It’s only a brisk fall afternoon when we meet Tania Bowers in her West Town home, but already she’s bristling at the prospect of a frigid Midwest winter. “It’s gonna be a long one,” she sighs, staring out at the autumn leaves blanketing the garden in front of the gorgeous stone residence she rents with her husband, photographer Joe Wigdahl. Even though the Australia native has lived in Chicago for ten years, she steadfastly avoids the plummeting temps, opting for the climate Down Under in her hometown of Sydney and New Zealand, where she’ll spend the first quarter of 2010—peak summer months in the southern hemisphere.
The heavy travel schedule is nothing new to the 34-year-old, who recently returned from a successful run of showcases at the CMJ conference in NYC, picking up a nod in The New York Times and a feature in Interview. A slow-but-sure buzz is building around the singer and multi-instrumentalist, who’s been a steady, if relatively quiet, Chicago presence.
Her 2003 debut LP under the stage name Via Tania, Under a Different Sky, found release through local imprint Chocolate Industries and sported an impressive supporting cast of players from Tortoise, Prefuse 73 and the Eternals. But her new follow-up, Moon Sweet Moon, is a far more intimate affair, following a series of recordings around the world.
Sessions for her second full-length began while Bowers was shuffling between cities, starting four years ago in Melbourne and including a Chicago stop at John McEntire’s Soma studios. “I got a grant to travel and write, so I recorded in Stereolab’s studio way out in the country in France. I went to Iceland and recorded a little bit there,” she says. “But I didn’t end up using any of that stuff.” Producer Craig Ross helped her shape the material in his home base of Austin, discarding most of the original supporting tracks and rerecording to shine the spotlight squarely on Bowers.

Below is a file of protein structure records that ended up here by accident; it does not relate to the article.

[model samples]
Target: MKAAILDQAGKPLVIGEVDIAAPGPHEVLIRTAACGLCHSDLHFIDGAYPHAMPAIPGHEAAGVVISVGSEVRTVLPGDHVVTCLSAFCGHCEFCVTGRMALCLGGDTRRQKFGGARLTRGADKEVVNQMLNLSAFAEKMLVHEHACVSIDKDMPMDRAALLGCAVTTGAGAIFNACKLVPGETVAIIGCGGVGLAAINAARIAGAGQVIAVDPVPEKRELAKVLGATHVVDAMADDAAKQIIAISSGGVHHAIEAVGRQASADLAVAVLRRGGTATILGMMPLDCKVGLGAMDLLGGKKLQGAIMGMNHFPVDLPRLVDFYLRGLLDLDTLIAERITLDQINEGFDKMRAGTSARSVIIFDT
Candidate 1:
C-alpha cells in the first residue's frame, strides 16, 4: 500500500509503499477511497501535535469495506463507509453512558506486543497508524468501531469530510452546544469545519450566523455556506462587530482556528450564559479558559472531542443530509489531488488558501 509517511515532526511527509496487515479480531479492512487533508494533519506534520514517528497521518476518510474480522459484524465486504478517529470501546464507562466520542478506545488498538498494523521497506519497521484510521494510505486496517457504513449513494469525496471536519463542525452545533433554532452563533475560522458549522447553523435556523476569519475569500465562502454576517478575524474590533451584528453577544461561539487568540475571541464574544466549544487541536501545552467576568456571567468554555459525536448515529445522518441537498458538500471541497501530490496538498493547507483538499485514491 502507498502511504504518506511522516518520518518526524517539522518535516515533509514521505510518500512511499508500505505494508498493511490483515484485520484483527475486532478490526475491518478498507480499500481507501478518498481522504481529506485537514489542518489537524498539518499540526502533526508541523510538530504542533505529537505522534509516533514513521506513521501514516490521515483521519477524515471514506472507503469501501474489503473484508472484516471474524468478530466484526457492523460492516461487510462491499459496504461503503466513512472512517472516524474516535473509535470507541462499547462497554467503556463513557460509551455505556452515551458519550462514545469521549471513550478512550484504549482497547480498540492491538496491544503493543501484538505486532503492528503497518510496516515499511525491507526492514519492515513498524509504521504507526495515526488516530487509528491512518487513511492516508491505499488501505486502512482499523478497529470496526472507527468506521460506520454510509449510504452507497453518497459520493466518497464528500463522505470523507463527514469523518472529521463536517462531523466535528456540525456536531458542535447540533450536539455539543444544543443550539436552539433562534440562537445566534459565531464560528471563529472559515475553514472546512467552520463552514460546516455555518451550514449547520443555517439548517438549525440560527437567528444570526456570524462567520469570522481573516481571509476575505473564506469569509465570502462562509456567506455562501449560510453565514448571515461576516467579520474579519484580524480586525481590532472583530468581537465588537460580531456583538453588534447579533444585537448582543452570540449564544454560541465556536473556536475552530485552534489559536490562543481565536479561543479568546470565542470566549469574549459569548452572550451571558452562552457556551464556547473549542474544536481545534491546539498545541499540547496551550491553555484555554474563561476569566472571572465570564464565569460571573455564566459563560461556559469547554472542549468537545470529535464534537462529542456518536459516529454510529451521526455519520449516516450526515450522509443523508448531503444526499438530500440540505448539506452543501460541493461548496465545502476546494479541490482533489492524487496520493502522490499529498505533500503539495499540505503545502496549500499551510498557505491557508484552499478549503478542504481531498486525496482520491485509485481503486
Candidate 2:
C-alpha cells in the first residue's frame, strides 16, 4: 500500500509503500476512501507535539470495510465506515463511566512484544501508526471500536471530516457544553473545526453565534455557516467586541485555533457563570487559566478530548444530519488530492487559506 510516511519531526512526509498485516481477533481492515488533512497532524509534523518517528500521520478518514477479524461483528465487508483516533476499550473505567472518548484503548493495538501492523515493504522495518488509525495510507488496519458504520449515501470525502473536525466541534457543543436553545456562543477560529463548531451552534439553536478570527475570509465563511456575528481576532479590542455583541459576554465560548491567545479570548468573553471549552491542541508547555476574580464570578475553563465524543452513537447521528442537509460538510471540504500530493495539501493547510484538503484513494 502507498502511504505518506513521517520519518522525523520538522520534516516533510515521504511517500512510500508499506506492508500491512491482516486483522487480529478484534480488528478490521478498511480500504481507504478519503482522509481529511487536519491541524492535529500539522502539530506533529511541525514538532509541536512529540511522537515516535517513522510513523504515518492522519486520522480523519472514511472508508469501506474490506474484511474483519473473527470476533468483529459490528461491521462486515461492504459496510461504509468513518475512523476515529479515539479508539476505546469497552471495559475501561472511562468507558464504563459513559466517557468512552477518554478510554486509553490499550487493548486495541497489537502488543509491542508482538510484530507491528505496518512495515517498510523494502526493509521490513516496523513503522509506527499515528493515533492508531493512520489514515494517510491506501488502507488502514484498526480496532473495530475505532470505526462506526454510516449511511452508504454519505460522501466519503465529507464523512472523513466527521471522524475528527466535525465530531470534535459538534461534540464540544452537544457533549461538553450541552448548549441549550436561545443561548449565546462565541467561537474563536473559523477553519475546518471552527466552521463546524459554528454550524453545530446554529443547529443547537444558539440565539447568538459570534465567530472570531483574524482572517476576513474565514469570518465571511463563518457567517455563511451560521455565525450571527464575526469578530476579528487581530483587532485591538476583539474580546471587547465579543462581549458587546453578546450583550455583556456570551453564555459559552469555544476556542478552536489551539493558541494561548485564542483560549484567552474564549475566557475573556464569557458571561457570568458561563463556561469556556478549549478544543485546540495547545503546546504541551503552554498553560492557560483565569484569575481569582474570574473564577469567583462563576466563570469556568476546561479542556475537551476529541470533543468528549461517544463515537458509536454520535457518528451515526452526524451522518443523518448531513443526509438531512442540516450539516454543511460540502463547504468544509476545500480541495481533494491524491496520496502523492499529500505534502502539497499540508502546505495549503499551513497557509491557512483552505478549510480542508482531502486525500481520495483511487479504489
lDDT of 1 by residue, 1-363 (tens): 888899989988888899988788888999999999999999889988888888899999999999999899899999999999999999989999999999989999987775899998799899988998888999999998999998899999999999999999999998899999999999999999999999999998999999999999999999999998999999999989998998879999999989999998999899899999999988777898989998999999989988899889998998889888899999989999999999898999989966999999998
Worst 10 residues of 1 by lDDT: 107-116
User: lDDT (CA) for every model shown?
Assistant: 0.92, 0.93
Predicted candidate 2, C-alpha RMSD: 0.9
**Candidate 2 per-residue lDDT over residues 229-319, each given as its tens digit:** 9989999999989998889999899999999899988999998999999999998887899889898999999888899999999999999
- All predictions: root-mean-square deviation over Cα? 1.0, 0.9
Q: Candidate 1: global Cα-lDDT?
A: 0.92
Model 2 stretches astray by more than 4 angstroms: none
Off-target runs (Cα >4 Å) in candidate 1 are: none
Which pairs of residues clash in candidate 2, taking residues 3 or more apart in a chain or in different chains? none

There’s a mysterious quality to Moon Sweet Moon, with Bowers’s breathy voice gently seducing on tunes like “The Beginning” and “Dangerously,” conjuring the album’s namesake and a state of perpetual dusk. That ominous, ethereal edge also reveals itself in her eclectic style, with dark circles of eye shadow and throwback duds. When not in the studio, Bowers is a gifted freelance stylist and makeup artist; she turned Califone into ghosts for the band’s recent film, All My Friends Are Funeral Singers.
For Bowers, lunar lullabies come naturally. “Growing up, I always had a really intense relationship to the moon,” the soft-spoken Aussie recalls. “I remember my parents saying, ‘The moon is watching you. The moon can always see what you’re doing.’… In Zimbabwe, where my dad’s from, after your child is born, there’s this night where they introduce you to the moon.” Invoking that childhood memory brought the album newfound maturity: “It felt like my first adult record, when I really started working out the themes.” Much like the warm fall colors draping her home, nature wraps around the new record.
In a striking parallel to her recording process, maturing creatively meant stripping away the layers of excess to reveal a childlike innocence. There’s a nursery rhyme–like quality to much of Moon Sweet Moon, as on the brittle “Wonder Stranger,” hinted at in amorphous, playful lyrics (“When you speak the language, your words turn golden / You touch the air, it becomes uncertain”).
Now that the epic endeavor has found release, Bowers plans to pick up the promotional pace next year. When the climate’s a little more forgiving.
Moon Sweet Moon is available now. Via Tania visited the TOC offices for an Infinite Loop podcast. Download for free at timeoutchicago.com/music.
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